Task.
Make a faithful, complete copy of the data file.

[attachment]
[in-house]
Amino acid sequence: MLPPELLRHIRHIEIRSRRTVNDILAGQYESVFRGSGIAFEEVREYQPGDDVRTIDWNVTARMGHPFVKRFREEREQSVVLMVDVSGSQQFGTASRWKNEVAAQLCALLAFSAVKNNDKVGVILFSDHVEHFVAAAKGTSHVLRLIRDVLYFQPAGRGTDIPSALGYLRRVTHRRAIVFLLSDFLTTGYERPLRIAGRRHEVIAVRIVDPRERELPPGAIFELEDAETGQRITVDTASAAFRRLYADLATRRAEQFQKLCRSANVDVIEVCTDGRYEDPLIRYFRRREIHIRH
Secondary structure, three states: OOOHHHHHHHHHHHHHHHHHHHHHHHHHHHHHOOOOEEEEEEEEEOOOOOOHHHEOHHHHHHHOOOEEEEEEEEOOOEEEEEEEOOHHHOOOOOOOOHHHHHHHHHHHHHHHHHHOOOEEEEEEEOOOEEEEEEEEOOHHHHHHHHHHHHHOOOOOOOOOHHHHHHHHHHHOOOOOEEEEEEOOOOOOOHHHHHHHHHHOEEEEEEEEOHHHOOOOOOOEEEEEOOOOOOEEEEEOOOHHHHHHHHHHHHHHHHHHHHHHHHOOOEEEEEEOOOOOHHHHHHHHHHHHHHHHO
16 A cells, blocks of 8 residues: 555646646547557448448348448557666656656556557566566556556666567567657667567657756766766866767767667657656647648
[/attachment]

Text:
[in-house]
Amino acid sequence: MLPPELLRHIRHIEIRSRRTVNDILAGQYESVFRGSGIAFEEVREYQPGDDVRTIDWNVTARMGHPFVKRFREEREQSVVLMVDVSGSQQFGTASRWKNEVAAQLCALLAFSAVKNNDKVGVILFSDHVEHFVAAAKGTSHVLRLIRDVLYFQPAGRGTDIPSALGYLRRVTHRRAIVFLLSDFLTTGYERPLRIAGRRHEVIAVRIVDPRERELPPGAIFELEDAETGQRITVDTASAAFRRLYADLATRRAEQFQKLCRSANVDVIEVCTDGRYEDPLIRYFRRREIHIRH
Secondary structure, three states: OOOHHHHHHHHHHHHHHHHHHHHHHHHHHHHHOOOOEEEEEEEEEOOOOOOHHHEOHHHHHHHOOOEEEEEEEEOOOEEEEEEEOOHHHOOOOOOOOHHHHHHHHHHHHHHHHHHOOOEEEEEEEOOOEEEEEEEEOOHHHHHHHHHHHHHOOOOOOOOOHHHHHHHHHHHOOOOOEEEEEEOOOOOOOHHHHHHHHHHOEEEEEEEEOHHHOOOOOOOEEEEEOOOOOOEEEEEOOOHHHHHHHHHHHHHHHHHHHHHHHHOOOEEEEEEOOOOOHHHHHHHHHHHHHHHHO
16 A cells, blocks of 8 residues: 555646646547557448448348448557666656656556557566566556556666567567657667567657756766766866767767667657656647648